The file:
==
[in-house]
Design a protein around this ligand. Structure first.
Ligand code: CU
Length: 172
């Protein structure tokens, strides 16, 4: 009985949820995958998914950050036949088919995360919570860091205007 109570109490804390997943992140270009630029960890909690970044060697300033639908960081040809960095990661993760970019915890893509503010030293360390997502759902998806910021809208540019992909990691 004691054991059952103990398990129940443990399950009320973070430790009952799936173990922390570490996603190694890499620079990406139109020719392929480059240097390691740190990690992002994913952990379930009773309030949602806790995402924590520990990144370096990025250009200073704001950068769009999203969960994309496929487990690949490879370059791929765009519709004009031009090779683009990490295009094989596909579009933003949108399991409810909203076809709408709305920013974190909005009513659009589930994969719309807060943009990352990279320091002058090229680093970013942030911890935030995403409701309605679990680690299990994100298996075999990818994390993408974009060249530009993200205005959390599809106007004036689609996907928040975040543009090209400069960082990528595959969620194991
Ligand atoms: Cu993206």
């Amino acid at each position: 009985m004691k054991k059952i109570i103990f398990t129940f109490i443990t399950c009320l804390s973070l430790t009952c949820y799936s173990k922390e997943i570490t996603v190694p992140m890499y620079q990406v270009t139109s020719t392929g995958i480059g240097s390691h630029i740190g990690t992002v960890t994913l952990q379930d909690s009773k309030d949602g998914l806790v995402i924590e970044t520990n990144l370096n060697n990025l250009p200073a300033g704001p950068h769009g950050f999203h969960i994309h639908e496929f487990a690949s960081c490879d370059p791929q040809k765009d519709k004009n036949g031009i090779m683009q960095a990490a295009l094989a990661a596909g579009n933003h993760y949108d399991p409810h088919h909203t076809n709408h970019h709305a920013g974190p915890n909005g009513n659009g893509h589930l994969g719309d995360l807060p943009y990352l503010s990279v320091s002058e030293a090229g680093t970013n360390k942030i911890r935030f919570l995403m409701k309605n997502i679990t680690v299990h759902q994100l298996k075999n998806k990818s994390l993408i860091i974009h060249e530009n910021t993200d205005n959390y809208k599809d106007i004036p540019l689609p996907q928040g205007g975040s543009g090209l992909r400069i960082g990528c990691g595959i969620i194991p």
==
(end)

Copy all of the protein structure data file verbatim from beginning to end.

[in-house]
Design a protein around this ligand. Structure first.
Ligand code: CU
Length: 172
């Protein structure tokens, strides 16, 4: 009985949820995958998914950050036949088919995360919570860091205007 109570109490804390997943992140270009630029960890909690970044060697300033639908960081040809960095990661993760970019915890893509503010030293360390997502759902998806910021809208540019992909990691 004691054991059952103990398990129940443990399950009320973070430790009952799936173990922390570490996603190694890499620079990406139109020719392929480059240097390691740190990690992002994913952990379930009773309030949602806790995402924590520990990144370096990025250009200073704001950068769009999203969960994309496929487990690949490879370059791929765009519709004009031009090779683009990490295009094989596909579009933003949108399991409810909203076809709408709305920013974190909005009513659009589930994969719309807060943009990352990279320091002058090229680093970013942030911890935030995403409701309605679990680690299990994100298996075999990818994390993408974009060249530009993200205005959390599809106007004036689609996907928040975040543009090209400069960082990528595959969620194991
Ligand atoms: Cu993206």
């Amino acid at each position: 009985m004691k054991k059952i109570i103990f398990t129940f109490i443990t399950c009320l804390s973070l430790t009952c949820y799936s173990k922390e997943i570490t996603v190694p992140m890499y620079q990406v270009t139109s020719t392929g995958i480059g240097s390691h630029i740190g990690t992002v960890t994913l952990q379930d909690s009773k309030d949602g998914l806790v995402i924590e970044t520990n990144l370096n060697n990025l250009p200073a300033g704001p950068h769009g950050f999203h969960i994309h639908e496929f487990a690949s960081c490879d370059p791929q040809k765009d519709k004009n036949g031009i090779m683009q960095a990490a295009l094989a990661a596909g579009n933003h993760y949108d399991p409810h088919h909203t076809n709408h970019h709305a920013g974190p915890n909005g009513n659009g893509h589930l994969g719309d995360l807060p943009y990352l503010s990279v320091s002058e030293a090229g680093t970013n360390k942030i911890r935030f919570l995403m409701k309605n997502i679990t680690v299990h759902q994100l298996k075999n998806k990818s994390l993408i860091i974009h060249e530009n910021t993200d205005n959390y809208k599809d106007i004036p540019l689609p996907q928040g205007g975040s543009g090209l992909r400069i960082g990528c990691g595959i969620i194991p």